7 Celebrities You Didn't Know Were LandlordsRachel Bell
When a person becomes famous, they often also become very wealthy. Since nothing says “I’m rich!” quite like collecting property, sometimes these celebrities end up with more homes than they know what to do with—and end up renting them out. This week, people on Twitter became aware en masse that Hannibal Buress is a landlord. The people of the internet were not very happy. So we’ll start there.
The fact that Buress is a landlord has been public knowledge since at least 2017, when he discussed it on The Late Show with Stephen Colbert. The next year, he talked about it on his podcast. "I got this building in Chicago,” he explained. “I bought it in July and there were tenants in it, and so I wanted to put the units on Airbnb. So I asked all the tenants to leave. I offered them two months’ free rent. I never took any rent from them, as hopefully incentive for them to want to move without too much trouble."
He went on to say that everyone moved out except for one tenant, who asked for a two-week extension. When he eventually got access to the apartment, Buress was disappointed to find that the unit wasn’t fully cleared out. "They left a treadmill in that shit, the refrigerator was full, there was a bunch of stuff in the room."
The outrage on Twitter might have died out if Hannibal hadn’t added fuel to the fire this week. In response to a Bernie Sanders tweet that expressed support for national rent control, Buress replied “Wrong.” He followed that up by tweeting a link to the Illinois Rental Property Owners Association, asking people to donate. That didn’t go over well.
Cardi B and Offset
In April 2019, Cardi B and Offset spent about $200,000 buying up half a block in Jonesboro, Georgia, a small city outside of Atlanta. The purchase included an empty plot of land and five homes—with tenants still living in them.
People speculated that the couple hoped to build their own home on the property. But when paragon of investigative journalism The Daily Mail contacted one of Cardi’s new tenants, he said there’d been no talk of being kicked out. "We're not being asked to move out or anything. [Our former landlord] just sold it. I'd like to stay here, nobody wants to go through the hassle of moving houses.”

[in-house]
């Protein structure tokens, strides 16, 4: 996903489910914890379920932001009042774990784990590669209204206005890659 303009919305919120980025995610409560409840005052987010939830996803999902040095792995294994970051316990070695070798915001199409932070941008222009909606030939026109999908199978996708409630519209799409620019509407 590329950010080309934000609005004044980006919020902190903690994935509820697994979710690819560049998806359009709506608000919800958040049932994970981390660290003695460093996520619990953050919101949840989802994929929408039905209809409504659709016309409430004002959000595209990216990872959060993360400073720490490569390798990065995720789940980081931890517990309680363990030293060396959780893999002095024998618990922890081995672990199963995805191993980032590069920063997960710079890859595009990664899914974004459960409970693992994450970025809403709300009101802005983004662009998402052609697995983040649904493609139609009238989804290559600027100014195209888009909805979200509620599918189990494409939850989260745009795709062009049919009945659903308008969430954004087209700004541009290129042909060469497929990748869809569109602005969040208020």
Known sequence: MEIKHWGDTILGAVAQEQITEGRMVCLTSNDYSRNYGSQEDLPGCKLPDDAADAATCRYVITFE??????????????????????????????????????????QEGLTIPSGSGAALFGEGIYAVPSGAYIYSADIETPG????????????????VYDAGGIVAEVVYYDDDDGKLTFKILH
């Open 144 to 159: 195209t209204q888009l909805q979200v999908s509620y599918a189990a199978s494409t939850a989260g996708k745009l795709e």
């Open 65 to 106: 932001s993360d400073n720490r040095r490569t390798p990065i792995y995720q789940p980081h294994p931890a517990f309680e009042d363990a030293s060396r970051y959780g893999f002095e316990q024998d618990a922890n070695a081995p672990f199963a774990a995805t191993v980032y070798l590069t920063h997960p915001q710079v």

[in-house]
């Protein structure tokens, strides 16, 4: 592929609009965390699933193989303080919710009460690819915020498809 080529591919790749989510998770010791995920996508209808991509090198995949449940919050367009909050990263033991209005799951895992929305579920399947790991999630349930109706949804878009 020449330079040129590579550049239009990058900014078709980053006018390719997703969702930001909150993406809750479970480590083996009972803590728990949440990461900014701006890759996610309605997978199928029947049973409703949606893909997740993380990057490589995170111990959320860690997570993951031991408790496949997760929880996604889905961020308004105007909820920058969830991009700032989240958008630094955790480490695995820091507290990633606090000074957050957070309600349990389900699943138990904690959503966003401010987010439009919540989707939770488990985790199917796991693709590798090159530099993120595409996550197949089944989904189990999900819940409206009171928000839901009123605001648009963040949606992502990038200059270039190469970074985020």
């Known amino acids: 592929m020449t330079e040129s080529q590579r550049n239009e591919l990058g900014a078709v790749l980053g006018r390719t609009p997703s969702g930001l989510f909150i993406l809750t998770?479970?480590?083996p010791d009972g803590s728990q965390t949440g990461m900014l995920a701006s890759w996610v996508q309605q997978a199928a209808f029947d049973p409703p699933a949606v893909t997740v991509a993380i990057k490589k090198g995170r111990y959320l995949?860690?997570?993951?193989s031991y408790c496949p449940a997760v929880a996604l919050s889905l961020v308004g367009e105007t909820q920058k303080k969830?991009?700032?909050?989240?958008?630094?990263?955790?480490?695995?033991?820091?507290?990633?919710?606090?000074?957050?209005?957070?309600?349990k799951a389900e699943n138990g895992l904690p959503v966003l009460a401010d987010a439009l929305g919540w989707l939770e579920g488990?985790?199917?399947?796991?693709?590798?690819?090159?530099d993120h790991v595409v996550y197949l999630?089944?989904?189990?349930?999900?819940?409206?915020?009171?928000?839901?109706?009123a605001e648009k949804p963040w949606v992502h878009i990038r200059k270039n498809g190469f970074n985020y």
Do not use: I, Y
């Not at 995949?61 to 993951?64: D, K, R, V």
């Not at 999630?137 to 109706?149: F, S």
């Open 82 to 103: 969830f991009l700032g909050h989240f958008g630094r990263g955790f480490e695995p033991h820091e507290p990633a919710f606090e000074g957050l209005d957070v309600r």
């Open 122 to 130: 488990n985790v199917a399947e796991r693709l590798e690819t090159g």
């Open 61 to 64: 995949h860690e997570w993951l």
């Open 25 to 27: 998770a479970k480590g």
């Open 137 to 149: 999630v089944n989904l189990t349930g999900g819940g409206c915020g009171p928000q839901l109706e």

In interviews, Offset and Cardi have both mentioned a desire to build a dream home where they can raise a family. In the meantime, they’re collecting rent.
Leo’s home—which was Dinah Shore’s home first—has been up for rent since 2015. He listed the Palm Springs property just a few days after successfully finding a renter for his apartment in Manhattan. The Manhattan tenant, a former economic policy advisor to the Clinton administration, paid a staggering $25,000 a month in rent.
His Palm Springs property features two buildings. The main house has six bedrooms and seven-and-a-half baths. (I know I said this list was presented without comment, but I will never understand why a home needs more bathrooms than bedrooms.) The property also features a guest house, a tennis court, and a pool. He even created his own rental website for it. Did I mention it’s $4,500 a night?
It seems almost every famous person you can think of has a common problem. I imagine Ivanka and Jared Kushner sitting down to dinner, at opposite ends of a 40-foot-long table, and Ivanka screaming, “I own so much property that I don’t even know what to do with it!”
Ivanka listed what she has referred to as her “starter apartment,” a two-bedroom on Park Avenue, for rent in 2017. She was originally asking $15,000 per month, but lowered the rent to $13,000 when no one bit. This was after she tried to sell it for over $4 million.
I wish I had these problems.
While Lenny isn’t the most buzz-worthy celeb on this list, I was overjoyed to learn that he started dating Nicole Kidman in the early 2000s when she was his tenant. Even more exciting was the fact that Kravitz was sued by a neighbor for over $300,000 in 2004, when a toilet in his rental unit overflowed. (The New York Times actually covered the suit, proving that there was a time when Lenny was big news.)
Also, not crucial, but interesting all the same: Courtney Love owned an apartment in the same building.
Radcliffe has been a landlord longer than I’ve been old enough to vote. In 2007, he bought a $4 million home in Manhattan’s SoHo and began renting it almost immediately. The monthly rent is $19,000, and the bathroom is so pretty that I would pay $19,000 a month to live in the tub. The building also has a private swimming pool.
I can’t control the urge to make a bad Harry Potter joke here. Looks like The Boy Who Lived has become…The Boy Who Landlords(?) No. Sorry.
I was less surprised to learn that 50 Cent is a landlord than to discover he owns a mansion in Connecticut. Like many other celebrity landlords, he chose to rent the place after trying, unsuccessfully, to sell it for an astronomical amount—originally $18 million, eventually lowered to $8 million.
For the low, low cost of $100,000 a month, you can exercise in the G-Unit gym and gamble in the private underground casino. There’s also a nightclub and a conference room. It’s one of the only private owned properties in Connecticut that has an approved helicopter landing pad. All these excessive amenities don’t make up for the fact that it’s located in Connecticut, though.
Follow Caretaker on Instagram for memes about renting. They’ll be relatable until you become a celebrity landlord.